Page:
Utilise textile industry’s capacity to mass produce PPE amid surge in demand, says economist

​Mass manufacture of personal protective equipment (PPE) makes sense in light of the surge in demand for such wear for healthcare workers in the fight against Covid-19 in Malaysia, said Bank Islam chief economist Dr Mohd Afzanizam Abdul Rashid

Mass manufacture of personal protective equipment (PPE) makes sense in light of the surge in demand for such wear for healthcare workers in the fight against Covid-19 in Malaysia, said Bank Islam chief economist Dr Mohd Afzanizam Abdul Rashid.

According to reports, Malaysia requires 59 million units monthly and as of Monday, there were only two week’s worth of PPE supply left to be distributed to all hospitals in the country.

Mohd Afzanizam said Malaysia has the economies of scale in respect of the textile industry and it is time the government had a look at the industry for its capability to produce PPE.

“Anecdotally speaking, we have seen our local fashion designers volunteering themselves to prepare the PPE although safety standards have to be thoroughly checked as well.

“Apart from that, the government has to look at tariff and non-tariff measures, which may need to be reviewed and reassessed during the public health crisis we are currently facing,” he told Bernama.

He said re-looking at the existing structure of tariff and non tariff measures will also help facilitate the international trade for medical supplies, including PPE.

A report by the Global Alert Team of the University of St Gallen, Switzerland, noted that as of March 21, 46 export curbs on medical supplies had been introduced by 54 governments since the start of 2020. Of those, 33 were announced in the month of March itself, indicating the rapid spread of new trade limits across the globe.

“So it is also high time for our government to establish a more effective dialogue with the relevant countries in order to ensure medical supplies procurement related to Covid-19 can be expedited in the most efficient and timely manner,” he said.

Citing a Khazanah Research Institute paper titled “Trade During A Pandemic”, Mohd Afzanizam said Malaysia imported US$2.4 billion, or RM9.5 billion, worth of medical supplies in 2018, which included face masks, disinfectants and medical devices used to diagnose and treat patients.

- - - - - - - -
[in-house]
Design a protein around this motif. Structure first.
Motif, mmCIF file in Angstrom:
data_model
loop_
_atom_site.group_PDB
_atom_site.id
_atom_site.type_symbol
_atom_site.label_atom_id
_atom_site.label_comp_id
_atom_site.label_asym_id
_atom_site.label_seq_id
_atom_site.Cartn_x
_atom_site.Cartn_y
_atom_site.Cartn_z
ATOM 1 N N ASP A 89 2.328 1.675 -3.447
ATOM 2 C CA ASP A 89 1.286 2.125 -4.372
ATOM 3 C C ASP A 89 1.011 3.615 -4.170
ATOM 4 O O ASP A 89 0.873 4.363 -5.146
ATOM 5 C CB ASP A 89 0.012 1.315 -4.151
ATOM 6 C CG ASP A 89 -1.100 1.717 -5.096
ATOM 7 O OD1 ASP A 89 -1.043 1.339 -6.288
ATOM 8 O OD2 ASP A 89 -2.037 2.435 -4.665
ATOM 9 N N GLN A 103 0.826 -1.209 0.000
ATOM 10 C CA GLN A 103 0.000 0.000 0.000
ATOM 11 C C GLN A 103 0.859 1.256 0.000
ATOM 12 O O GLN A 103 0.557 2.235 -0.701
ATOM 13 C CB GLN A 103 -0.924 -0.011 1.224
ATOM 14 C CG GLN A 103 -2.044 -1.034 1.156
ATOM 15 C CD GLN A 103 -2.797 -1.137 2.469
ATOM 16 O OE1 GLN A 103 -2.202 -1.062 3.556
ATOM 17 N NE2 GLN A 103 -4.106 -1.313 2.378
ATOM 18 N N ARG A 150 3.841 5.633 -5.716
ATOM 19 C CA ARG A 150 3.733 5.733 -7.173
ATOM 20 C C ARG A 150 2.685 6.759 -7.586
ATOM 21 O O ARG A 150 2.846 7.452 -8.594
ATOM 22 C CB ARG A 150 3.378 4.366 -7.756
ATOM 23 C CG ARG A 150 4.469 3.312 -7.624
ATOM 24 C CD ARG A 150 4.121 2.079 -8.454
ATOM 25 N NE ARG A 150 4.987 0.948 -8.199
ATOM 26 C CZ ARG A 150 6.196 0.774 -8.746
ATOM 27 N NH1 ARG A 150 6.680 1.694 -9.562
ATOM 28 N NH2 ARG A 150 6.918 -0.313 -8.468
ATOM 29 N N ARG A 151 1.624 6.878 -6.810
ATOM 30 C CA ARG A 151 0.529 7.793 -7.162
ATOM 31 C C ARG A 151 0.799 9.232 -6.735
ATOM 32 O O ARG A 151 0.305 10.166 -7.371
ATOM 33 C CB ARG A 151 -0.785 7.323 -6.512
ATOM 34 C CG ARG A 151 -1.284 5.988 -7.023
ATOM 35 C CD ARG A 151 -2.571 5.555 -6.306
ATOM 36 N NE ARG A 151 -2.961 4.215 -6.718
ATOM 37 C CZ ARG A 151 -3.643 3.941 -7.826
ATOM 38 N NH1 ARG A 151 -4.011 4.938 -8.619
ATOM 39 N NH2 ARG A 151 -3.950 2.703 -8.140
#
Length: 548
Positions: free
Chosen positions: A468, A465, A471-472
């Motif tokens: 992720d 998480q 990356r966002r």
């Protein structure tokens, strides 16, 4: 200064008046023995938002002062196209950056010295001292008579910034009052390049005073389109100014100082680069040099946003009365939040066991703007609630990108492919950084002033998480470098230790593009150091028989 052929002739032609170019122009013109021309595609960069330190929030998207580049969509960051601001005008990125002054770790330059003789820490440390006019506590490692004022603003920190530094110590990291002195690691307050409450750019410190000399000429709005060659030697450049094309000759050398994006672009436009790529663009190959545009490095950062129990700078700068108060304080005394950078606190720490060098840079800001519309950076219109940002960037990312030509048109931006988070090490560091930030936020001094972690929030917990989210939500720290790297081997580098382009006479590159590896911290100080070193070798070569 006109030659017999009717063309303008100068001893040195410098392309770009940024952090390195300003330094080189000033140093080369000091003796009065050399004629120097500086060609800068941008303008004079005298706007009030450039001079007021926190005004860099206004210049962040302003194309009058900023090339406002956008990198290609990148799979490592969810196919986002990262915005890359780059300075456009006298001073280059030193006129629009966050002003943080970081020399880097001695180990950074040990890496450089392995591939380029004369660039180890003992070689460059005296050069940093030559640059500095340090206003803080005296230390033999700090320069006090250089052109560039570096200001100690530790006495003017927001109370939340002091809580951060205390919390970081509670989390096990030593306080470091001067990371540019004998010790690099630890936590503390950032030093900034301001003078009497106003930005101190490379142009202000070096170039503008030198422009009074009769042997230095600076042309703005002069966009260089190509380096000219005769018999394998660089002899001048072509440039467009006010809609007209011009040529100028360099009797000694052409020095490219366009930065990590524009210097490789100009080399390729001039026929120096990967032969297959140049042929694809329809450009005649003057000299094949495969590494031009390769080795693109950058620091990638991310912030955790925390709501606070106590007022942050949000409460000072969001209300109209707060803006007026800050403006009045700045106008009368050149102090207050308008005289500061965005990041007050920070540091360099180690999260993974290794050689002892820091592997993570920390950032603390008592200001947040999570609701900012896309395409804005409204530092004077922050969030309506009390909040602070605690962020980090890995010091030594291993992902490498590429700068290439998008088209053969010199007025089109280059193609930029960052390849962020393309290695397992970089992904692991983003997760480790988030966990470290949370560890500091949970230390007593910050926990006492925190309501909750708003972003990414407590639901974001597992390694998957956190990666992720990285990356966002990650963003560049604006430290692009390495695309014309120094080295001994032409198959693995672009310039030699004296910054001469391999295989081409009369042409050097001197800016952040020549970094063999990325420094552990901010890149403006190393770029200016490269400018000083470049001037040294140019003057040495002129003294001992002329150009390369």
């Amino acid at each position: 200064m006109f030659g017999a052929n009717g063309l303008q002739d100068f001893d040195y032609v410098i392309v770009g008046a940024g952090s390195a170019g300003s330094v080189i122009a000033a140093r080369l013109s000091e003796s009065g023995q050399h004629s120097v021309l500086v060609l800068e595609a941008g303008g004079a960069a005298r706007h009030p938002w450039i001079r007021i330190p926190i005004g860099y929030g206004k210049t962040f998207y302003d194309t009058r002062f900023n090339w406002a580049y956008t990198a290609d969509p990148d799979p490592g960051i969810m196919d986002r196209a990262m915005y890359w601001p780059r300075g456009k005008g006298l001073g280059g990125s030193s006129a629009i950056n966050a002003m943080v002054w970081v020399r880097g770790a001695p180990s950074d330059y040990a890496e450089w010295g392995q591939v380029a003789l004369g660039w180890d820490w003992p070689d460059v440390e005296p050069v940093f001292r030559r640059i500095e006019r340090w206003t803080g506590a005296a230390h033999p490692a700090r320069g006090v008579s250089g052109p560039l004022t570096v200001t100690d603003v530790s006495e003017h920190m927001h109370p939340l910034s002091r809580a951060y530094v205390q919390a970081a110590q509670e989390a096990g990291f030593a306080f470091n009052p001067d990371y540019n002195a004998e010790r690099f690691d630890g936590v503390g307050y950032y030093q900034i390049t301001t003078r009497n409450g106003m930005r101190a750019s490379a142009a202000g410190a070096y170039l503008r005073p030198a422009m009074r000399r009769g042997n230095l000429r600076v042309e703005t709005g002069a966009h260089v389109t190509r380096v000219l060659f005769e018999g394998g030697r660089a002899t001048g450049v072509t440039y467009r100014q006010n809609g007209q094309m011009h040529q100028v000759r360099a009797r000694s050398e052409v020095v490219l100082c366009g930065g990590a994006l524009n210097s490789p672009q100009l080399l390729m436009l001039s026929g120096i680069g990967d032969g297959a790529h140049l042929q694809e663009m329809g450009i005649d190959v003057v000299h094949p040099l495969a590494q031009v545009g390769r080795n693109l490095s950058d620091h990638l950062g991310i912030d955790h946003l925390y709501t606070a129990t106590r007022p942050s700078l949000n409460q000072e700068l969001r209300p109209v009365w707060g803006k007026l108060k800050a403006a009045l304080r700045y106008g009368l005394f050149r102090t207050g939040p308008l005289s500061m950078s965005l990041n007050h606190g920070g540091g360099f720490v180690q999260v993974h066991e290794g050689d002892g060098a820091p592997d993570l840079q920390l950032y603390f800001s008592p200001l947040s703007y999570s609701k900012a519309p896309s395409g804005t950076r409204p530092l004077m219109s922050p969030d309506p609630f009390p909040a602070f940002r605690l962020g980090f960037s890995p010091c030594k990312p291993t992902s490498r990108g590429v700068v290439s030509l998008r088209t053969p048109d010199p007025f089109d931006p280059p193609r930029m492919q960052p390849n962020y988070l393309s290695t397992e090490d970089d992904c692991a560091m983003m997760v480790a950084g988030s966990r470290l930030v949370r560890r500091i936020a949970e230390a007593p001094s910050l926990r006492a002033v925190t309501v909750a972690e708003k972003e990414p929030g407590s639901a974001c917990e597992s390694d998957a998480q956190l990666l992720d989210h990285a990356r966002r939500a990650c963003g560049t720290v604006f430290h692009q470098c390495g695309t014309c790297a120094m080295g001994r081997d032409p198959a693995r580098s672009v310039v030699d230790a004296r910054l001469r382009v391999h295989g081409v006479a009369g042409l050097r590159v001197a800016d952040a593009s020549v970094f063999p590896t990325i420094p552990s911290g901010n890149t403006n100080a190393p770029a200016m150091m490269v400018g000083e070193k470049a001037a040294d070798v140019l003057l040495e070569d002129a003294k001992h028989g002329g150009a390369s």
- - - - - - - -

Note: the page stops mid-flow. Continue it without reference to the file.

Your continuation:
As for protective garments and the like, he gave the breakdown of Malaysian imports in 2018, which included textile face masks (RM190.5 million), gas masks (RM40.35 million), protective spectacles and goggles (RM21.85 million), plastic face shields, plastic gloves, and protective garments made from plastic (RM58.6 million).

Malaysia also imported surgical rubber gloves (RM75.41 million), other rubber gloves (RM168.67 million), knitted or crocheted gloves (RM57.51 million), textile gloves (RM21.31 million), disposable hair nets (RM71.04 million), protective garments for surgical/medical use made up of felt or non-wovens (RM28.99 million) and other protective garments (RM13.69 million).

Meanwhile, the Federation of Malaysian Manufacturers (FMM) said some of its member companies are already in the process of modifying production or in the planning stages to diversify their operations to manufacture medical supplies, including PPE.

Its president Tan Sri Soh Thian Lai said the move is part of efforts by manufacturers to meet the supply of medical equipment following the surge in demand due to the Covid-19 pandemic.

“FMM has 39 member companies which are producing PPE and sanitisers, which include face masks, rubber gloves, protective wear, hand sanitisers and disinfectants,” he said.

However, he highlighted that these manufacturers are now facing problems caused by insufficient supply of raw materials and parts and components to produce these medical supplies.

Therefore, he said, the announcement by the Ministry of Finance (MOF) on March 28 to remove import duties and sales tax for denatured alcohol was timely as it has helped the Malaysian pro

He noted that MOF last month announced the removal of duties and taxes for face masks.

To ensure local face mask producers can compete with importers, FMM is also calling on the government to grant exemption on import duty and sales tax on all inputs for face mask, which include the PP non-woven materials for the three-ply mask, metal nose wire and elastic earloop, he said.

These raw materials, on which a 20 per cent import duty and 10 per cent sales tax are imposed, are mainly imported from China, India, Ireland and the United Arab Emirates due to insufficient supply locally, he said.

Soh added that FMM is also working closely with the International Trade and Industry Ministry through the Malaysian Investment Development Authority and Malaysia External Trade Development Corporation to facilitate its member companies into diversifying production and exports market to ensure they meet the growing demand for these essential goods.

Source: Bernama 

Posted on : 17 April 2020
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Last Updated : Saturday 4th July 2020